Writing these short books has improved my writing skills, too. I have learned so much about character, and plotting, and creating emotional tension. Again, it’s about respecting the reader and ensuring that I give them a quality experience. Some may sneer at my talk of “quality” but remember – this is business, too. And I have respect for myself, as a writer. I won’t churn out tosh, in whatever genre it is. I wouldn’t enjoy that.

Enjoy? Yes. This returns me to the main point: I do this because I love it. I love writing a variety of things. I love writing, full stop. I also love the business side of things – the analysis, the research, the exploration. Knowing my market means I respond to changes in the market, and that keeps my writing fresh. Even in the high-turnover arena of erotic romance, you cannot just write the same old thing. Society changes, people change, and you must change with it, constantly. I love that. You cannot get stale – you mustn’t.

Finally, I’ve been using everything I’ve learned to write a traditional historical romance, which will be finished very soon. It will be out under my own name, and I’m very excited. I have been loving every minute of writing this – who says you have to bleed your agony out onto the page?

If it’s half as much fun to read as it was to write, the reader will definitely be getting their money’s worth.

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  1. #1 by Phil on April 21, 2013 - 4:12 pm

    There’s nothing wrong with writing exactly what you want – as long as you understand that the chances are you will be your only reader. I went to an event for prospective writers a couple of years ago and was heartened by the number of people who didn’t get this and were therefore reducing the competition for those of us who really do want to get into print.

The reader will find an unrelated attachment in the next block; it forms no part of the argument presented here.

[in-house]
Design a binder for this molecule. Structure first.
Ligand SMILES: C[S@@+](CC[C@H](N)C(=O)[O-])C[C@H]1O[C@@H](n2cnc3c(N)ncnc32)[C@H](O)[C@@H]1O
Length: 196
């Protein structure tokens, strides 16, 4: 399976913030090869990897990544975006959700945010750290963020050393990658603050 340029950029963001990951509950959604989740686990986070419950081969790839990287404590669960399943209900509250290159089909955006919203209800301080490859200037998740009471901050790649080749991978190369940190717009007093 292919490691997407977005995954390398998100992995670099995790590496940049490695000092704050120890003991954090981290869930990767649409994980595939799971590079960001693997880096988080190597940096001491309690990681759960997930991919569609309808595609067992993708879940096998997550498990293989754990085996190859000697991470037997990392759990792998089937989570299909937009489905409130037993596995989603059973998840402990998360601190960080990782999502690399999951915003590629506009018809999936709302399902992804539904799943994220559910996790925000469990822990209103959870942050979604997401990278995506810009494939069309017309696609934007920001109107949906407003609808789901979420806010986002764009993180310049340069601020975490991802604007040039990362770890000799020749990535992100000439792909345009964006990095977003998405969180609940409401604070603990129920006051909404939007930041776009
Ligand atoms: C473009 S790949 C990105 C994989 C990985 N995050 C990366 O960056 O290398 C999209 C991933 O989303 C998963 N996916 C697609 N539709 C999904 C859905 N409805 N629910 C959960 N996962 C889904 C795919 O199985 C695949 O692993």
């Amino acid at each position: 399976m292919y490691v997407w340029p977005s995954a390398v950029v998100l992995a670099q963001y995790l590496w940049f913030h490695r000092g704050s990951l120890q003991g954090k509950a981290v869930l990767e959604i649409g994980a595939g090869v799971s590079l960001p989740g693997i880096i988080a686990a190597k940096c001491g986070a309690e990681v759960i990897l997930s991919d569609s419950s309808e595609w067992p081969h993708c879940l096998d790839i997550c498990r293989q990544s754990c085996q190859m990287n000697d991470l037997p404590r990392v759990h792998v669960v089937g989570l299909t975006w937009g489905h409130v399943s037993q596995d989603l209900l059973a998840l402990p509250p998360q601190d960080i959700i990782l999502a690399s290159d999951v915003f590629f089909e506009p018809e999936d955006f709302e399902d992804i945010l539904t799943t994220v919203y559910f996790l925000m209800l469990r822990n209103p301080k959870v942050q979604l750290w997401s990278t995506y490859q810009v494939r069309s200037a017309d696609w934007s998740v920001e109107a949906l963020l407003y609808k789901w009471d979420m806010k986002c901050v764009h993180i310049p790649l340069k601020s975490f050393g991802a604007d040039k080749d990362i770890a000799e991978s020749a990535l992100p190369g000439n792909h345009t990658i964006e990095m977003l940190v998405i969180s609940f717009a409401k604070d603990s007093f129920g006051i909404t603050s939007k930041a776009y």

2. #3 by Nimue Brown on April 20, 2013 - 9:01 am

    Knowing your readers, who they are, or might be, is so productive. That doesn’t have to be about the money, either, it may be knowing which sites to share your stuff with. It may be there are only four academic specialists in the world who will ever understand you… so long as you know, any of it can work. For me, market research means talking to people – parents, children, pagans, steampunks… market reseach does not have to mean ‘see what’s already out there and copy it’ it can mean find some people who want some stuff and make it for them… Most writers want to be read. Perhaps retitling market research as ‘find someone who will read it’ would cause the proces to make sense to people who currently resent it.

    • #4 by autumnbarlow on April 22, 2013 - 10:32 am

      Totally. Though I don’t think we need to call market research by any other name – some writers I’ve met have a knee-jerk reaction to anything that smacks of business language and throw the baby out with the bath water. If they are serious about getting their work out to readers they need to reassess their reactions…

      I’ve got a lot more cynical since starting to work in publishing though. Perhaps it’s the sheer quality of some submissions I have to read. I mean, Top Hat Books is clearly marked as historical fiction, so why is someone asking me to produce a cd/card combo? Why do they submit three times even after I’ve explained why we don’t? Why do people ignore their spell checker? Why do people send me first drafts?

      When I get a well-thought-out submission, my heart sings with joy. Sadly… this is more rare than you’d think.